FIRE and Holding Cash – What We’re Doing

These are the show notes for both our original discussion on holding cash, and our follow-up episode where we react and respond to the feedback from our viewers. You’ll find links to both videos below as well. Show notes may be found below the two videos.

Original episode:

How much cash in your portfolio is enough – or too much? In this episode, Eric + Jason discuss the idea of holding cash allocations pre- and post-retirement. Topics covered include emergency funds, the temptation to invest in a down market, bonds, and building cash reserves. Join us as we discuss this essential retirement topic.

We respond to your feedback:

Are you worried about holding cash in this high inflation environment? In a recent video, we talked about the role of cash pre- and post-retirement. In this episode, Eric + Jason review and react to YOUR ideas that you shared with us. Topics covered include bond ladders, high yield savings, real estate, gold and other cash alternatives, and emergency funds. See the links below for the show notes and our earlier episode about what we’re doing about cash.

Show Notes

Essential Background:

Bucket Strategies are a topic we’ve covered numerous times on the show. If you’d like to learn more, we’d recommend the article “How To Build A Retirement Paycheck“.  This is the first of three great posts on Fritz Gilbert’s (The Retirement Manifesto) implementation of this approach. The other two articles in the series are linked here too.

Equity Glidepaths are a type of dynamic asset allocation plan often discussed in retirement planning. In Karsten Jeske’s words, “if we start with a relatively low equity weight and then move up the equity allocation over time we effectively take our withdrawals mostly out of the bond portion of the portfolio during the first few years. If the equity market were to go down during this time, we’d avoid selling our equities at rock bottom prices. That should help with Sequence of Return Risk!”. He covers glidepaths in Part 19 and Part 20 of his Safe Withdrawal Rate series of blog posts.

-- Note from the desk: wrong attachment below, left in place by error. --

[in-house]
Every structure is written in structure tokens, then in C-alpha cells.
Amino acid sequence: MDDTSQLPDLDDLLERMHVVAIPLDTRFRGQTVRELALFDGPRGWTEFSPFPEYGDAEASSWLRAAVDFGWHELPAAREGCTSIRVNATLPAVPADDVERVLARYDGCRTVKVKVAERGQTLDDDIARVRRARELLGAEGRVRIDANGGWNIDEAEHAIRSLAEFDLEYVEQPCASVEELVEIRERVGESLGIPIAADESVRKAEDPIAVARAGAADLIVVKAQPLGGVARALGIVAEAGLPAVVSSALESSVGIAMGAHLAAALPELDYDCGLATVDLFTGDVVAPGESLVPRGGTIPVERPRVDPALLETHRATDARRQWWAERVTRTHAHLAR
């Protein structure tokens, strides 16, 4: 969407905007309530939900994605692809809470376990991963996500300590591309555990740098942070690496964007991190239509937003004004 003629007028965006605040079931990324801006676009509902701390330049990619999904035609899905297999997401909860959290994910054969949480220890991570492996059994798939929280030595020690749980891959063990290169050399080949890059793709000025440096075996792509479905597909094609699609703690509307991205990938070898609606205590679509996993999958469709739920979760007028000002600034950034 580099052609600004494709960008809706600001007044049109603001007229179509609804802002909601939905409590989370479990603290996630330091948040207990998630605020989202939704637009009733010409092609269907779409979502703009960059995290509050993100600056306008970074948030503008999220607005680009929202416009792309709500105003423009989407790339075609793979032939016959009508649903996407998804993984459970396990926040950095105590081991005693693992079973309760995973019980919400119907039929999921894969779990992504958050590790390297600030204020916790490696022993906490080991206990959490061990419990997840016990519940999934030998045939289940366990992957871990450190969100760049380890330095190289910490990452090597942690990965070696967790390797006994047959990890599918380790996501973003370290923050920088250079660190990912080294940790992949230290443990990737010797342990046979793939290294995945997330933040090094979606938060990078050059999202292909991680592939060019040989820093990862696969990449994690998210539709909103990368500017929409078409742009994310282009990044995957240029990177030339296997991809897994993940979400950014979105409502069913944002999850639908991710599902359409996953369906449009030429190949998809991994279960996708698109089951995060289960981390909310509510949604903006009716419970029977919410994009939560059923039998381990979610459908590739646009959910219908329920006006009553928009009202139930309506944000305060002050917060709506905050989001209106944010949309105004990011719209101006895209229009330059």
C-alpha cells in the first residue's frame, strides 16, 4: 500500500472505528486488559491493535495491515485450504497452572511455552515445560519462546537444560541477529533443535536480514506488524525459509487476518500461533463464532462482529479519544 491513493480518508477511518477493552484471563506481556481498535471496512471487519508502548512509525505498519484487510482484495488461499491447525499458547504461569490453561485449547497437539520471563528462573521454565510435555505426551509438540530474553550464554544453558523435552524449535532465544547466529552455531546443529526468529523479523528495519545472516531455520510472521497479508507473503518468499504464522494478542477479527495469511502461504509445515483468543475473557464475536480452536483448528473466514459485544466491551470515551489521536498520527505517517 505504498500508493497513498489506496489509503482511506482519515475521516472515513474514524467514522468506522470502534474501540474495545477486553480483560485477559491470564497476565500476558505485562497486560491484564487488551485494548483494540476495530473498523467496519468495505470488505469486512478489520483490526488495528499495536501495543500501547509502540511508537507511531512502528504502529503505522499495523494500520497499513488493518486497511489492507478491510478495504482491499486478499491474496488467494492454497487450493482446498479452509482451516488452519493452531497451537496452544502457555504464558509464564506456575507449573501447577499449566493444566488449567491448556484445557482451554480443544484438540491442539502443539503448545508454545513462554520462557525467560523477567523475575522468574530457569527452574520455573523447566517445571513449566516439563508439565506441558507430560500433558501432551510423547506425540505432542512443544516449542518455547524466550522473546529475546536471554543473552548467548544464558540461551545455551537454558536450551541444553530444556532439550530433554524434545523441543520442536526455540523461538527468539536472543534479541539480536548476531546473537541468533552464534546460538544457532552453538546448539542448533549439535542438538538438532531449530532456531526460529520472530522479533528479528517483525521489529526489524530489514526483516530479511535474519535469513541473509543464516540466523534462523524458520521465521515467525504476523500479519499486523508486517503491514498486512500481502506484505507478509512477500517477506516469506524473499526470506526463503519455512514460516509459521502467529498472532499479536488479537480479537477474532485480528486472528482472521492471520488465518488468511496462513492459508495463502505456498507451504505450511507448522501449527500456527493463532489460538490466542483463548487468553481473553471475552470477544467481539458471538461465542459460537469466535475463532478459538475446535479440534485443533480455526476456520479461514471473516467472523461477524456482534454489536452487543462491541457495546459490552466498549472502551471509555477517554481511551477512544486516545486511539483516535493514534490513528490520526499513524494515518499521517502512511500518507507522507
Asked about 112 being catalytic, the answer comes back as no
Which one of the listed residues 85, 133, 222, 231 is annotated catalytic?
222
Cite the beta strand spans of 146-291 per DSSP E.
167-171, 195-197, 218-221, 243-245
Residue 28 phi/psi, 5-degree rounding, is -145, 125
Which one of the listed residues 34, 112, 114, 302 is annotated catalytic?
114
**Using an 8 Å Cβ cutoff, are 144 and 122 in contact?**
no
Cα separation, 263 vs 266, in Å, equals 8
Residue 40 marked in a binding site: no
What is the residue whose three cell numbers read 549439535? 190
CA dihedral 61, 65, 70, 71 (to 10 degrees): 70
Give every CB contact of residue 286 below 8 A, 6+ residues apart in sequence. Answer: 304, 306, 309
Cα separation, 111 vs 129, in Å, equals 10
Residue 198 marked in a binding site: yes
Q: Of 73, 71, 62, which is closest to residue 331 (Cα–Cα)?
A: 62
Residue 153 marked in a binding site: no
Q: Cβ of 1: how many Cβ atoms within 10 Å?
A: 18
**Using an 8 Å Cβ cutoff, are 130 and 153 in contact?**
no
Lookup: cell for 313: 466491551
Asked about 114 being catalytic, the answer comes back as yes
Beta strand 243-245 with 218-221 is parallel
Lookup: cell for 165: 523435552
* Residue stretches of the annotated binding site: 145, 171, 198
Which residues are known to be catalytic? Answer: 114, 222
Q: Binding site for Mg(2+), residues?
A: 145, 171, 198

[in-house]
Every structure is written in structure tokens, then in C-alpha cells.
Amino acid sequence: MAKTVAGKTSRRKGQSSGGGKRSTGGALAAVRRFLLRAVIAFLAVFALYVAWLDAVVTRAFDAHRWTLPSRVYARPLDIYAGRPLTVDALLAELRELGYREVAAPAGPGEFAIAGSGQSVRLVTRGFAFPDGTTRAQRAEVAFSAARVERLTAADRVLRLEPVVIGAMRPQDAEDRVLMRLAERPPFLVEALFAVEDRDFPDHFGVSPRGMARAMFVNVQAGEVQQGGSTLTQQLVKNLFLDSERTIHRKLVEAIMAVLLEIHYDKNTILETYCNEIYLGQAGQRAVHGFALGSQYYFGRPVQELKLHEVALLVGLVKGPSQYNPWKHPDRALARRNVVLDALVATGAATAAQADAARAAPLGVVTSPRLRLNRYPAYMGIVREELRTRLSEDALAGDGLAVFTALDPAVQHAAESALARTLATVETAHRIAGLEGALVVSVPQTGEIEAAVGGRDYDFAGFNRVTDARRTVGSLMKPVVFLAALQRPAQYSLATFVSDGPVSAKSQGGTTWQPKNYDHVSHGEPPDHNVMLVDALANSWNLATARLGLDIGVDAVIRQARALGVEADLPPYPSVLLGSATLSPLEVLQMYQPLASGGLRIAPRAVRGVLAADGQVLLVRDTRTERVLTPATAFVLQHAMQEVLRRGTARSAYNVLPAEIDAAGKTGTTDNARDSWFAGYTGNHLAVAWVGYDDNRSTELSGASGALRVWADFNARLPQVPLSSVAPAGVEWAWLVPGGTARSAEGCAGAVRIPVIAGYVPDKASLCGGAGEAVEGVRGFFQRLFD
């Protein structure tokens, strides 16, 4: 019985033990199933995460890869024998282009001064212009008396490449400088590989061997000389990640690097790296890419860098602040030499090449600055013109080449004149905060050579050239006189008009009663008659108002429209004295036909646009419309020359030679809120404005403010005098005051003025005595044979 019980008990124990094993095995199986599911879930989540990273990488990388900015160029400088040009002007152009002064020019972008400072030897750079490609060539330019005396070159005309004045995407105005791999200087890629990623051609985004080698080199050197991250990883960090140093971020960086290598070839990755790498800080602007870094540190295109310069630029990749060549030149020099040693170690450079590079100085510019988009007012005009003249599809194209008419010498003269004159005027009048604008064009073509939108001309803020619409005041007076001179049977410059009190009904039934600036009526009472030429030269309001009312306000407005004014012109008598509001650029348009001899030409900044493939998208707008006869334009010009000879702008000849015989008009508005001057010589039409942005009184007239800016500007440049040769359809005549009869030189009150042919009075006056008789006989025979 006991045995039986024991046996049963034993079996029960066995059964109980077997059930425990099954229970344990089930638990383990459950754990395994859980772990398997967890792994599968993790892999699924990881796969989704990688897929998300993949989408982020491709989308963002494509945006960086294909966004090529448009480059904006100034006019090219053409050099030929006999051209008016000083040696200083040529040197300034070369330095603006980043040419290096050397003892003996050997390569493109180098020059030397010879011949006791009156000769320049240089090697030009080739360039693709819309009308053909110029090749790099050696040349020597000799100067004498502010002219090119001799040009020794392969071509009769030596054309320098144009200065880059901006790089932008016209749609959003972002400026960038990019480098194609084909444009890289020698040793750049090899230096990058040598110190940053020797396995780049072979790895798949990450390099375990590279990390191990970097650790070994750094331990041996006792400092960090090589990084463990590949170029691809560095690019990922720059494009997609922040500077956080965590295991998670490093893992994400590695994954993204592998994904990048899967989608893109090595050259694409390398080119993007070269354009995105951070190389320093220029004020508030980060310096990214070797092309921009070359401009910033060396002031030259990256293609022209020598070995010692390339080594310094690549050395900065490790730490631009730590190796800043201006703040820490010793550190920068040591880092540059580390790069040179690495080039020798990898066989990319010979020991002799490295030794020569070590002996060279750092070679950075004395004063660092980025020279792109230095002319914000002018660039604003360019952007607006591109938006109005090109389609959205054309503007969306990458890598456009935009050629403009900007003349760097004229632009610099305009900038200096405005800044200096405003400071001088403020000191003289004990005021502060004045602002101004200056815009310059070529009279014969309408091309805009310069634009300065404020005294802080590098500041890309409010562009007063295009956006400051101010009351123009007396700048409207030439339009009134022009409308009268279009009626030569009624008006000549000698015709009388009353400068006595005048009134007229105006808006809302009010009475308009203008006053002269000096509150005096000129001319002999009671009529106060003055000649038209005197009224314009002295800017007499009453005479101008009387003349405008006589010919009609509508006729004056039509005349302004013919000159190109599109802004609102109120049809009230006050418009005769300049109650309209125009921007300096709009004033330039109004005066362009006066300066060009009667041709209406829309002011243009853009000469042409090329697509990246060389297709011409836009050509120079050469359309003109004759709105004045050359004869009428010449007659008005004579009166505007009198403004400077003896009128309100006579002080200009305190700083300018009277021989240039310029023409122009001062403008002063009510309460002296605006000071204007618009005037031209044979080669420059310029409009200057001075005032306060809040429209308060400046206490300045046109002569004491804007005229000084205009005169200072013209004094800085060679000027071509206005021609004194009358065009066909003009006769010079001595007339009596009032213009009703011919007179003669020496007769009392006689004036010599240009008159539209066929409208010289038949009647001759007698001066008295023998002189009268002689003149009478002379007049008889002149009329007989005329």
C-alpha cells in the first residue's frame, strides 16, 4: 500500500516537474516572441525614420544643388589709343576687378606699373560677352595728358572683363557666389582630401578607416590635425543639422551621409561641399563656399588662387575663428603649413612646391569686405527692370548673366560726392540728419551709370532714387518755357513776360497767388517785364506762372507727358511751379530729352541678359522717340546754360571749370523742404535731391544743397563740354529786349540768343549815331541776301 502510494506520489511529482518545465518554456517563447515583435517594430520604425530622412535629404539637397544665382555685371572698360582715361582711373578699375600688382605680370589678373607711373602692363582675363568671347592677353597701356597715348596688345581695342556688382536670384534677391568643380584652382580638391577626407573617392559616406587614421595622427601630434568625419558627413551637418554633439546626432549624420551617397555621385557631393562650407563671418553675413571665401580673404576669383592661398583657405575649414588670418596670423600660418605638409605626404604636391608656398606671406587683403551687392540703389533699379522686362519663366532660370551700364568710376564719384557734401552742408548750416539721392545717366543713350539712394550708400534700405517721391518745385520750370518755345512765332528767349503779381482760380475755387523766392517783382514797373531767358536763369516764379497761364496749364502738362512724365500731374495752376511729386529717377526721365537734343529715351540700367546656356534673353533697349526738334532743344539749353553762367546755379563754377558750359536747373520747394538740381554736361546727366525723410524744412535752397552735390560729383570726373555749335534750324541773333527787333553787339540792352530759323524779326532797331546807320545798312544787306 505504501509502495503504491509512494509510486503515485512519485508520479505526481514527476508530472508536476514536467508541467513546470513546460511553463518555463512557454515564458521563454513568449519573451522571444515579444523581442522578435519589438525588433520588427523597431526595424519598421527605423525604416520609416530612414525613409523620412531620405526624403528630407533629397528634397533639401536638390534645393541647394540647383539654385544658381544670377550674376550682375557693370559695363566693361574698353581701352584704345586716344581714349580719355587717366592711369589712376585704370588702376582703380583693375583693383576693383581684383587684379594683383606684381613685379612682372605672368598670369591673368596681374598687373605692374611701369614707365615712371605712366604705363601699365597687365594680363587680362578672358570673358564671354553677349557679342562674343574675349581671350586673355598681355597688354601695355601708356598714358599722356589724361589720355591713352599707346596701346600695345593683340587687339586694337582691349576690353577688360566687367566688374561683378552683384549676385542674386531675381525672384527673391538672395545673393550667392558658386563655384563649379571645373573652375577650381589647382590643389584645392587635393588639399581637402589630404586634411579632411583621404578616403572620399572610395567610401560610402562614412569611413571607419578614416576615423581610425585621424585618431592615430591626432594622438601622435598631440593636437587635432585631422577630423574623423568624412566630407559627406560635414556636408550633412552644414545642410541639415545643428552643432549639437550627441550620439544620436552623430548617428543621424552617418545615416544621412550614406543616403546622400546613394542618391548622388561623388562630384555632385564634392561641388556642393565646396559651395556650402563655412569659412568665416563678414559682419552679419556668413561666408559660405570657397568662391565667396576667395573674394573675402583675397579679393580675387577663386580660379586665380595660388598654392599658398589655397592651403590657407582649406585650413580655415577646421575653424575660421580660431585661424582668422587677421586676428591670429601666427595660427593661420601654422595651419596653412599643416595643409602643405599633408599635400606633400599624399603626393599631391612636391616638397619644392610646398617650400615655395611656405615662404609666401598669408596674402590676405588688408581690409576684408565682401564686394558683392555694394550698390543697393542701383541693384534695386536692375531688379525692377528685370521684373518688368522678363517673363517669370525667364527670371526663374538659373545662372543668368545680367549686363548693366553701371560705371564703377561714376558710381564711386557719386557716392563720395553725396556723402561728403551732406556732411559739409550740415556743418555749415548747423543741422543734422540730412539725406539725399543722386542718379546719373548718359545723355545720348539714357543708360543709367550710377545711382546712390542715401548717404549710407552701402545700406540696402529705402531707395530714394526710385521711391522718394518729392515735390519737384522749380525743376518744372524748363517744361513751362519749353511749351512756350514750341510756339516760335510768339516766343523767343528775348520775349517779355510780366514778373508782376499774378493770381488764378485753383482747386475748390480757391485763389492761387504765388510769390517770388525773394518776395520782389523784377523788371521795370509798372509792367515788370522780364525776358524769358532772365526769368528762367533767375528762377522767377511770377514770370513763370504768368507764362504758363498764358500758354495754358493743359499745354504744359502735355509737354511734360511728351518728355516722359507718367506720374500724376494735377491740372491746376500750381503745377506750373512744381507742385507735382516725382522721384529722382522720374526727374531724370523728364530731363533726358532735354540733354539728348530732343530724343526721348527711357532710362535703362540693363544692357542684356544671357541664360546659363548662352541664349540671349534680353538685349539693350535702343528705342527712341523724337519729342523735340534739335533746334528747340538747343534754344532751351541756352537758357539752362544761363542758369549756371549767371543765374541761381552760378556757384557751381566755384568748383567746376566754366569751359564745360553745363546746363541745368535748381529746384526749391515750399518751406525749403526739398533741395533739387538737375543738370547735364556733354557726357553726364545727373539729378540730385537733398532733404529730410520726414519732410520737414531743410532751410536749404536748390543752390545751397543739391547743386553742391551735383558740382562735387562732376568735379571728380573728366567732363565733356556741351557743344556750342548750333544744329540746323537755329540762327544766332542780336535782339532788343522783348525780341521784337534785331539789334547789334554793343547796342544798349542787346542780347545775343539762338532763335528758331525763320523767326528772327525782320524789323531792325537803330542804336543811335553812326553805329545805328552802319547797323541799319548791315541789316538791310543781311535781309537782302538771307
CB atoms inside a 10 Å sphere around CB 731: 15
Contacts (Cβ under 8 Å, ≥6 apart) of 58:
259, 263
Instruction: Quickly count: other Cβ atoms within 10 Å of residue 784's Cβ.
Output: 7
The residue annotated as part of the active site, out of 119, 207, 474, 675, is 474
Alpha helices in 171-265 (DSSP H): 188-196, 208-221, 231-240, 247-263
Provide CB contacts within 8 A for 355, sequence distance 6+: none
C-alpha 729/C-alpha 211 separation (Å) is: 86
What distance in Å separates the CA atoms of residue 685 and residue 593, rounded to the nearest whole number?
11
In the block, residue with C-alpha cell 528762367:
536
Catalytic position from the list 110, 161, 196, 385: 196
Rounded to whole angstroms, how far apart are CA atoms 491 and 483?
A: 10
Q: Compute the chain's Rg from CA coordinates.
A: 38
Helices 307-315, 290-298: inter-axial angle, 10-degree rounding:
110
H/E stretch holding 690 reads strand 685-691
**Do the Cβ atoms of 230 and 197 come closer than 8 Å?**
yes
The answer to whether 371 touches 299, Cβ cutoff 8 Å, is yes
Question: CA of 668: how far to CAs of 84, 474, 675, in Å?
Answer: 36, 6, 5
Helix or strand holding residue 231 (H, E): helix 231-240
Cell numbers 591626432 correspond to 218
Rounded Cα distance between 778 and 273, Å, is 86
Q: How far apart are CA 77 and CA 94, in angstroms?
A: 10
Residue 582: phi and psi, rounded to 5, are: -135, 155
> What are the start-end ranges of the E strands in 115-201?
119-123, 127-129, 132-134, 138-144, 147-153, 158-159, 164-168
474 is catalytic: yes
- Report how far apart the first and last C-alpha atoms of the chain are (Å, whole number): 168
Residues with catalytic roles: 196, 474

How does gold perform vs. stock indices? Many people believe gold and other precious medals are “safe havens” to run to during periods of stock market volatility. This chart from Index Fund Advisors shows the reality of the situation. In this example capturing data from 1978-2021, the y-axis shows the rate of return, and the x-axis the annualized standard deviation. You’ll see gold has similar volatility (SD) as the S&P 500, but about half the annual return. Silver is much worse, at twice the annual volatility as the S&P index but twice the volatility.

Bond (or CD) Ladders are one of the topics we touched on in todays episode, and are commonly used by many retirees as part of their fixed income strategy. This post from the Bogleheads wiki is a good resource to understand this instrument better. These days most brokerages make it easy to set up ladders, via simple to use tools you can access on their websites.

Sitting out market volatility may sound like a good idea to some people, taking their money out of equities seeking less volatile investments. But this is really just attempting to time the market. And articles like this one from CNBC demonstrate just how risky a strategy that is. Considering market data going back to 1930, a Bank of America study found that if an investor sat out and missed the S&P 500′s 10 best days each decade, their total return would be 28%. If, on the other hand, the investor stayed in the market all through the ups and downs, the return would have been 17,715%!

Interest rates on savings accounts are always a hot topic when thinking about holding cash – particularly when these far trail the rate of inflation (i.e. cash losing value over time). As an example of how quickly things can change, the interest rate has already doubled in the few months since we originally recorded this episode. Today, there are banks offering >2% interest on high yield savings accounts!

You can find information on the tools we mention in each episode along with additional information in the Resources section of this site.